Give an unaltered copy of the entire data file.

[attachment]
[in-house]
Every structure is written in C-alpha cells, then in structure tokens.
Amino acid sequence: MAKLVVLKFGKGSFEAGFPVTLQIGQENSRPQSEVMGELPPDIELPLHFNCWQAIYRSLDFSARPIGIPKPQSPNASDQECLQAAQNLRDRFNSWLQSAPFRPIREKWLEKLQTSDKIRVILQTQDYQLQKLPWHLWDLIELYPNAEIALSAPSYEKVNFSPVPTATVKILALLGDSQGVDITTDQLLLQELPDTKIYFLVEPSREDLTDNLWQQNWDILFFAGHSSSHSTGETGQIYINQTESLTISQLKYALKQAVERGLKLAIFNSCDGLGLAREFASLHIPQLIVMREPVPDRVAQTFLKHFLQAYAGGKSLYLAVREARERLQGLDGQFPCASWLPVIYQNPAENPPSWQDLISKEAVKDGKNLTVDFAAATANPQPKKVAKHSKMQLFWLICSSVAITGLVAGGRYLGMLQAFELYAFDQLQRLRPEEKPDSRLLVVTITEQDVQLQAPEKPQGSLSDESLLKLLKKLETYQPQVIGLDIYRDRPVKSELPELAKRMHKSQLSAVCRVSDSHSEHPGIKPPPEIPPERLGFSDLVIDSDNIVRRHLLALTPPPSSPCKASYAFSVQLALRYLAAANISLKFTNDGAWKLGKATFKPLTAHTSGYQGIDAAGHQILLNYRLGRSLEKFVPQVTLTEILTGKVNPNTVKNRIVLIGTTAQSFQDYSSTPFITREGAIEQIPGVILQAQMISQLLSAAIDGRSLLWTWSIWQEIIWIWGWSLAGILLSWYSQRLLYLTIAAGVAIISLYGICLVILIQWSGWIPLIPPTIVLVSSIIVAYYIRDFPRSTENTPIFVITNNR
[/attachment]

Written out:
[in-house]
Every structure is written in C-alpha cells, then in structure tokens.
Amino acid sequence: MAKLVVLKFGKGSFEAGFPVTLQIGQENSRPQSEVMGELPPDIELPLHFNCWQAIYRSLDFSARPIGIPKPQSPNASDQECLQAAQNLRDRFNSWLQSAPFRPIREKWLEKLQTSDKIRVILQTQDYQLQKLPWHLWDLIELYPNAEIALSAPSYEKVNFSPVPTATVKILALLGDSQGVDITTDQLLLQELPDTKIYFLVEPSREDLTDNLWQQNWDILFFAGHSSSHSTGETGQIYINQTESLTISQLKYALKQAVERGLKLAIFNSCDGLGLAREFASLHIPQLIVMREPVPDRVAQTFLKHFLQAYAGGKSLYLAVREARERLQGLDGQFPCASWLPVIYQNPAENPPSWQDLISKEAVKDGKNLTVDFAAATANPQPKKVAKHSKMQLFWLICSSVAITGLVAGGRYLGMLQAFELYAFDQLQRLRPEEKPDSRLLVVTITEQDVQLQAPEKPQGSLSDESLLKLLKKLETYQPQVIGLDIYRDRPVKSELPELAKRMHKSQLSAVCRVSDSHSEHPGIKPPPEIPPERLGFSDLVIDSDNIVRRHLLALTPPPSSPCKASYAFSVQLALRYLAAANISLKFTNDGAWKLGKATFKPLTAHTSGYQGIDAAGHQILLNYRLGRSLEKFVPQVTLTEILTGKVNPNTVKNRIVLIGTTAQSFQDYSSTPFITREGAIEQIPGVILQAQMISQLLSAAIDGRSLLWTWSIWQEIIWIWGWSLAGILLSWYSQRLLYLTIAAGVAIISLYGICLVILIQWSGWIPLIPPTIVLVSSIIVAYYIRDFPRSTENTPIFVITNNR